1,121 oil producing wells could not be mapped due to missing location data.
Is it Time to End Conventional Production?
Inspection and maintenance of oil and gas wells costs money for operators as well as the state. Complaints from neighbors must be addressed, liquids must be hauled away and processed, corroded infrastructure such as pipes, valves, and tanks must be replaced, and spills must be remediated, among other tasks. At what point is a well more trouble than it is worth?
The discussion around when to plug wells usually skips over this question. With states receiving a new infusion of federal funds for plugging and remediating orphaned and abandoned well through the Bipartisan Infrastructure Law, it has been an important and frequently discussed topic in oil and gas producing states recently. But these funds will go to wells that are already orphaned and abandoned. Abandoned wells are those where the operator is no longer producing hydrocarbons, and orphaned wells are abandoned wells where the operator is unknown or no longer economically viable.
It makes sense to focus on these orphaned and abandoned wells first, but the state’s conventional well production data points to a looming tsunami of problems, as tens of thousands of wells are nearly ready to be removed from the state’s active inventory.
It is clear that those wells producing just a fraction of one Mcf are not economically viable, but where does one draw the line? There are two definitions that are relevant to this discussion. Marginal wells are those where production costs are greater than the value of hydrocarbons produced. These can be difficult to quantify due to variable costs and oil & gas commodity prices. For this reason, the US Internal Revenue Service defines wells near the end of viable production as “stripper wells” – those that produce less than 90 Mcf per day or 15 barrels of oil per day.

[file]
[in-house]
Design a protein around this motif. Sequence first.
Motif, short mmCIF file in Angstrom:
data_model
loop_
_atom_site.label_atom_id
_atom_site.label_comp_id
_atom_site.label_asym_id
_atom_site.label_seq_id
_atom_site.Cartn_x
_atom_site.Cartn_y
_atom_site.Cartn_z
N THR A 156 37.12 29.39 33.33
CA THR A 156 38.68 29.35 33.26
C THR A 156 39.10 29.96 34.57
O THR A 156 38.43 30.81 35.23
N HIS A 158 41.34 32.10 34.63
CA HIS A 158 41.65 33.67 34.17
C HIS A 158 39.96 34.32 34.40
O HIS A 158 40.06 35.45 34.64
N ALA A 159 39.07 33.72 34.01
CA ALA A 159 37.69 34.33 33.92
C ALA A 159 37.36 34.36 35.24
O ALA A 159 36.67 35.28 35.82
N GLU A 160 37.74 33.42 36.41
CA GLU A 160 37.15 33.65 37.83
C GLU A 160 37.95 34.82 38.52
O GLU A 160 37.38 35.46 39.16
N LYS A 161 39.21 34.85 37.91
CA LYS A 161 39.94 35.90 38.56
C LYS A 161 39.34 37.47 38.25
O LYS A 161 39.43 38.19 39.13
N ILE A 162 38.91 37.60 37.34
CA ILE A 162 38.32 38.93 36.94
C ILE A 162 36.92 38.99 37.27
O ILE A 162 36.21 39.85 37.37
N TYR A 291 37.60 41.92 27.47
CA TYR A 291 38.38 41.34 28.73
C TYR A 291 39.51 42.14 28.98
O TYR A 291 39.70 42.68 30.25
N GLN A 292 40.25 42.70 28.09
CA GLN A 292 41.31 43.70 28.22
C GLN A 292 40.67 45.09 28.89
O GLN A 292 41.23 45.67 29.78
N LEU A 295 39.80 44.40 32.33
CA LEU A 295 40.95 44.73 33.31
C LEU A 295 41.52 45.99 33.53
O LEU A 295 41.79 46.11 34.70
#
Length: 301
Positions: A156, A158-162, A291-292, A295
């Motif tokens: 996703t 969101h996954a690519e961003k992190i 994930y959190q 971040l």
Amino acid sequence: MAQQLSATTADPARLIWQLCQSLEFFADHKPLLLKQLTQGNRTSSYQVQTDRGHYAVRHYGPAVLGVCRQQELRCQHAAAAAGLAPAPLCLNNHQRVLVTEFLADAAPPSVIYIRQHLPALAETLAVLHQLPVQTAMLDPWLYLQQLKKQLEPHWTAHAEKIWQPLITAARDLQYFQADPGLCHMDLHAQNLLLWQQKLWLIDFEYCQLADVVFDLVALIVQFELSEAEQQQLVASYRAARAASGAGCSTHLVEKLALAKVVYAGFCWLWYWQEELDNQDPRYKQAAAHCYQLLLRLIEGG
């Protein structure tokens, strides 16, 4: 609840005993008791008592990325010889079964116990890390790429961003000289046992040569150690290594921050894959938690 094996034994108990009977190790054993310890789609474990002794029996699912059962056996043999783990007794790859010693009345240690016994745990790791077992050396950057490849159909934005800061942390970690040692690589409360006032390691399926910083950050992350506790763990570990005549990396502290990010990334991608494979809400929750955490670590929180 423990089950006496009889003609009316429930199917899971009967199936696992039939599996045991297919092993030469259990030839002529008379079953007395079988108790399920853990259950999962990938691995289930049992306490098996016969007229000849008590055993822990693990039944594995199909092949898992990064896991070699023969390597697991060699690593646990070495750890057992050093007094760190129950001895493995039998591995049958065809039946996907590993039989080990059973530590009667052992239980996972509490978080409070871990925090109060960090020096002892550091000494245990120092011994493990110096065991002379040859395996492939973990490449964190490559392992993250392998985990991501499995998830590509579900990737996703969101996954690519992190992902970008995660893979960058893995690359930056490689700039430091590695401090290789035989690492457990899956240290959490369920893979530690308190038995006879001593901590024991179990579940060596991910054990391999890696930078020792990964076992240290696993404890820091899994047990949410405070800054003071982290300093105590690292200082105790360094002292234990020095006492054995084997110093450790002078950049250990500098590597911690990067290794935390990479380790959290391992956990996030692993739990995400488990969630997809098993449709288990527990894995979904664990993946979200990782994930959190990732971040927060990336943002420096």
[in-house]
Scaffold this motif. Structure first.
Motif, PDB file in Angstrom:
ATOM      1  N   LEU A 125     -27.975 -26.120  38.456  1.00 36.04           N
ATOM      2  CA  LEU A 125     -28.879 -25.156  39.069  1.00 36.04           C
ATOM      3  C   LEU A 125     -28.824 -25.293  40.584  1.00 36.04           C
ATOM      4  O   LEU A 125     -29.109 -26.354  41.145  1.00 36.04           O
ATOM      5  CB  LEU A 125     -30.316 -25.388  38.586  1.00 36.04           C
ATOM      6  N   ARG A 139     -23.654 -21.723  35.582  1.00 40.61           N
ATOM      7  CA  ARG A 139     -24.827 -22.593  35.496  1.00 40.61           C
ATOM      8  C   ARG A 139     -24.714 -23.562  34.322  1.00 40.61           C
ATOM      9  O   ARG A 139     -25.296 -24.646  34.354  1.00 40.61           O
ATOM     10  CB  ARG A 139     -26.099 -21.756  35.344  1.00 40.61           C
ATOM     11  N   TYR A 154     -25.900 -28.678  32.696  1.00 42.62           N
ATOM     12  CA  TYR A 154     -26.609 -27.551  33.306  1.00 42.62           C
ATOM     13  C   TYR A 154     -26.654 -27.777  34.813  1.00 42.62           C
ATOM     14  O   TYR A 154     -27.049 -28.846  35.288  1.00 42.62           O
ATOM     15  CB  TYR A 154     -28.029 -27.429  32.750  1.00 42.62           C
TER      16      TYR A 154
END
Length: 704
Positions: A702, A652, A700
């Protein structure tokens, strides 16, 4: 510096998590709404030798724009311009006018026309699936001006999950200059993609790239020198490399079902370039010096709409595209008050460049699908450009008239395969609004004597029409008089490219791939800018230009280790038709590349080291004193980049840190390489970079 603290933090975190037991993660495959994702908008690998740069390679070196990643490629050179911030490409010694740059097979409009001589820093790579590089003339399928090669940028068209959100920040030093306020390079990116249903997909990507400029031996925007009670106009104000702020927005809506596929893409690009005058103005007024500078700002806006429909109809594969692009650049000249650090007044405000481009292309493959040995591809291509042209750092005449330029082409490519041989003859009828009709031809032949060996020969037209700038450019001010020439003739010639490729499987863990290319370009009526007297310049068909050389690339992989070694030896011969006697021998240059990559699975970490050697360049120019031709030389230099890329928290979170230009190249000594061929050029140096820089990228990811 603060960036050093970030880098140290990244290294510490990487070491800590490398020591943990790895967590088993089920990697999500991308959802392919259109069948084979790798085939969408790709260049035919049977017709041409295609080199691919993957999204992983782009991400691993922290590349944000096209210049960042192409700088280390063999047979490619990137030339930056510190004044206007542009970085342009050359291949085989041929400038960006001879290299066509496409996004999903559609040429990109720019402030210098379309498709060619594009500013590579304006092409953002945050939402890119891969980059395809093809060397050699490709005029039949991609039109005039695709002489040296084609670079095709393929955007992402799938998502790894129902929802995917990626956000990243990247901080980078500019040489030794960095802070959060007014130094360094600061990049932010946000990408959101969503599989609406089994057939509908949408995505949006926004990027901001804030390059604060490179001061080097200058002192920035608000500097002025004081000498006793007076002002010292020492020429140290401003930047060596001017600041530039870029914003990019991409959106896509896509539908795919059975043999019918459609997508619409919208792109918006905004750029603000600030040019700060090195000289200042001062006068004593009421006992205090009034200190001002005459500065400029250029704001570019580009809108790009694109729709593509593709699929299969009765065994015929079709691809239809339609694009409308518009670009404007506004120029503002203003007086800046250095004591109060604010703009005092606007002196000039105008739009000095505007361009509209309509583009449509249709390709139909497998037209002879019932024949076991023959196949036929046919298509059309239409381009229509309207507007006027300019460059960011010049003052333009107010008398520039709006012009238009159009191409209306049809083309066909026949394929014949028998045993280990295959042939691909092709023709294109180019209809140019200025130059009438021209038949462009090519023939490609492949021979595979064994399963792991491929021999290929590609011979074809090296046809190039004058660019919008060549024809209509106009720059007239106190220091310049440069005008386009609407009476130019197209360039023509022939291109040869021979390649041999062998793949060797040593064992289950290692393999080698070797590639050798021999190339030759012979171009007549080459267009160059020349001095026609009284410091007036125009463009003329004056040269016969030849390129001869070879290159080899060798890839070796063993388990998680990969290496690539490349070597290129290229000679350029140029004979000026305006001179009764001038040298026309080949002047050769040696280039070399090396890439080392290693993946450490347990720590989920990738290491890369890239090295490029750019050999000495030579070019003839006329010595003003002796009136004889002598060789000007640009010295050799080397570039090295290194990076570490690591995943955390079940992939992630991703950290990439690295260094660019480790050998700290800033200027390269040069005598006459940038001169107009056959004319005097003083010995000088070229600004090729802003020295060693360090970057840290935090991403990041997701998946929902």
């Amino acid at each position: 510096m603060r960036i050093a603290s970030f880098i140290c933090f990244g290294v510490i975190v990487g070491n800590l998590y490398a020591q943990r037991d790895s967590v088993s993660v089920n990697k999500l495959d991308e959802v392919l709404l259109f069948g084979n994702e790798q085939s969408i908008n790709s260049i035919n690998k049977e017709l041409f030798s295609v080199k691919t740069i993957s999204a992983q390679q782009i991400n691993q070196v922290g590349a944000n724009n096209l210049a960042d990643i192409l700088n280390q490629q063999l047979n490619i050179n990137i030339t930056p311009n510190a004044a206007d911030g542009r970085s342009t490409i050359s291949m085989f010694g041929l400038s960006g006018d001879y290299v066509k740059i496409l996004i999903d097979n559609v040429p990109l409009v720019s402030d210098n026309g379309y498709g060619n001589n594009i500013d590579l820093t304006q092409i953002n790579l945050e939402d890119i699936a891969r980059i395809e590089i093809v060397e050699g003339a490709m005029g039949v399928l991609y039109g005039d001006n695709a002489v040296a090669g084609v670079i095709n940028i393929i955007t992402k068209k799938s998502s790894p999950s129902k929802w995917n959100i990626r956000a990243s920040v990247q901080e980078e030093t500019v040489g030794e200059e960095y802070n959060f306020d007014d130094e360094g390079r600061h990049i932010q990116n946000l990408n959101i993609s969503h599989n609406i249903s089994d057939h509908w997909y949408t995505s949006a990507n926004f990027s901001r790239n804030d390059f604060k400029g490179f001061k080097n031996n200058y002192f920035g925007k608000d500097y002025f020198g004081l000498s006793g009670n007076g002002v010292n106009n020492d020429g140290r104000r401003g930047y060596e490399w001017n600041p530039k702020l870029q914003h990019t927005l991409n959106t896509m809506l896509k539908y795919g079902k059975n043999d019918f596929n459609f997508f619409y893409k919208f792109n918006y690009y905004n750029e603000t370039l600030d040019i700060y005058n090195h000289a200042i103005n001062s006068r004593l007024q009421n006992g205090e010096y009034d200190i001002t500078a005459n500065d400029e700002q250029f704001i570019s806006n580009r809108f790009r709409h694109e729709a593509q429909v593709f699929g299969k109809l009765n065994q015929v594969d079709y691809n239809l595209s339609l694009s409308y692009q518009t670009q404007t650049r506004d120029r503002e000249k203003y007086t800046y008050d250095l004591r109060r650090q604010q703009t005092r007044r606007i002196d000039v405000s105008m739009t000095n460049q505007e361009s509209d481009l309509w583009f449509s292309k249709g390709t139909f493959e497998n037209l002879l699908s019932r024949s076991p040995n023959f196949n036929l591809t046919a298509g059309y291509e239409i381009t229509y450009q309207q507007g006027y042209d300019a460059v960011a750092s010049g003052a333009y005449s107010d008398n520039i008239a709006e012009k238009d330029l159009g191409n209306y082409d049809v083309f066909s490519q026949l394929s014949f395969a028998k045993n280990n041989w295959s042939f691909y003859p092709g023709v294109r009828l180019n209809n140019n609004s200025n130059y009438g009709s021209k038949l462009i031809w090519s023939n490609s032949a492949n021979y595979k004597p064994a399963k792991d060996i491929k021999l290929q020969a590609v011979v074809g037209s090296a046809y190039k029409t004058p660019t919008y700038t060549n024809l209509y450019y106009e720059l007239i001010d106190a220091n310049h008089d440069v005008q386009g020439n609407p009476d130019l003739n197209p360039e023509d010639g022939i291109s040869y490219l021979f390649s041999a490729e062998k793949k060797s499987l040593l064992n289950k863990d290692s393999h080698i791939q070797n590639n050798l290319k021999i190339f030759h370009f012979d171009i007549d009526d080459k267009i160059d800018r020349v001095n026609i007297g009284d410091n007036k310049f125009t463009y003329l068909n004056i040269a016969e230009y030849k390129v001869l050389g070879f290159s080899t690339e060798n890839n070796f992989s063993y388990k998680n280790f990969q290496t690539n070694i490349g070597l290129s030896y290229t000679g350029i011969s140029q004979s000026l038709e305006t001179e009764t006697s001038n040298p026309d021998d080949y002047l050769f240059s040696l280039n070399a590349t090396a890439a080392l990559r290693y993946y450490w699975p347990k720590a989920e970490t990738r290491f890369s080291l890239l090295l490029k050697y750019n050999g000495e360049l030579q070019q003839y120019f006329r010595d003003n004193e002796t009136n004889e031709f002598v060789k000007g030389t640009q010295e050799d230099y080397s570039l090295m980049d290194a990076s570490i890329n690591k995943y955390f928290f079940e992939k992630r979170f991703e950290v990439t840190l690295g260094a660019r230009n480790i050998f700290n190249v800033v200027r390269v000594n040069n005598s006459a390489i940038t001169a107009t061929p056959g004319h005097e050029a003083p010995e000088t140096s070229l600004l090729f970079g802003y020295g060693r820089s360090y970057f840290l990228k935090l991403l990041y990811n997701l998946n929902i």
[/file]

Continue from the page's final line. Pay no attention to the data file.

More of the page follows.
The Ohio River Valley Institute estimates that there are more than 177,000 such wells in Pennsylvania, Ohio, West Virginia, and Kentucky. The production data in Pennsylvania shows us that of the 61,213 wells on the report, just 10,472 (17%) produce more than the 90 Mcf per day threshold for gas. For conventional wells, this amounts to just 86 wells out of 48,676 (0.2%.)
For condensate, there are just 217 wells (0.4%) that produce above the stripper well threshold of 15 barrels per day, all of which are classified as unconventional. Just 17 wells produce more oil than the 15 barrel per day limit for stripper wells, 12 of which are conventional.
The Take Away
Taking the three categories together, the most generous math from this self-reported data shows that only 98 out of the state’s 48,676 (0.2%) conventional wells are not categorized as stripper wells for tax purposes. A great many of these are financially underwater, but plugging costs in the state average $68,000, which presents a significant disincentive to properly retire the asset. While we don’t know the finances of these individual wells, it is apparent that the overwhelming majority of the state’s inventory of conventional wells are near the end of their productive lives.
If we were to say, “All conventional wells in Pennsylvania are economically unviable,” that probably is inaccurate, but not much further from the truth than a rounding error. If we were to say, “Collectively, conventional wells in Pennsylvania are more trouble than they are worth,” that would be impossible to refute.
References & Where to Learn More
- Original data source used in this article: https://www.depgreenport.
- FracTracker’s reprocessed dataset used in this article: https://app.box.com/s/
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This is a fascinating article. I have long suspected that the cost of extracting fossil gas exceeds the revenue it will produce, and your article explains why the funding keeps rolling in anyway. These costs will be passed on to anyone still using methane for heating, cooking, or buying electricity from the grid.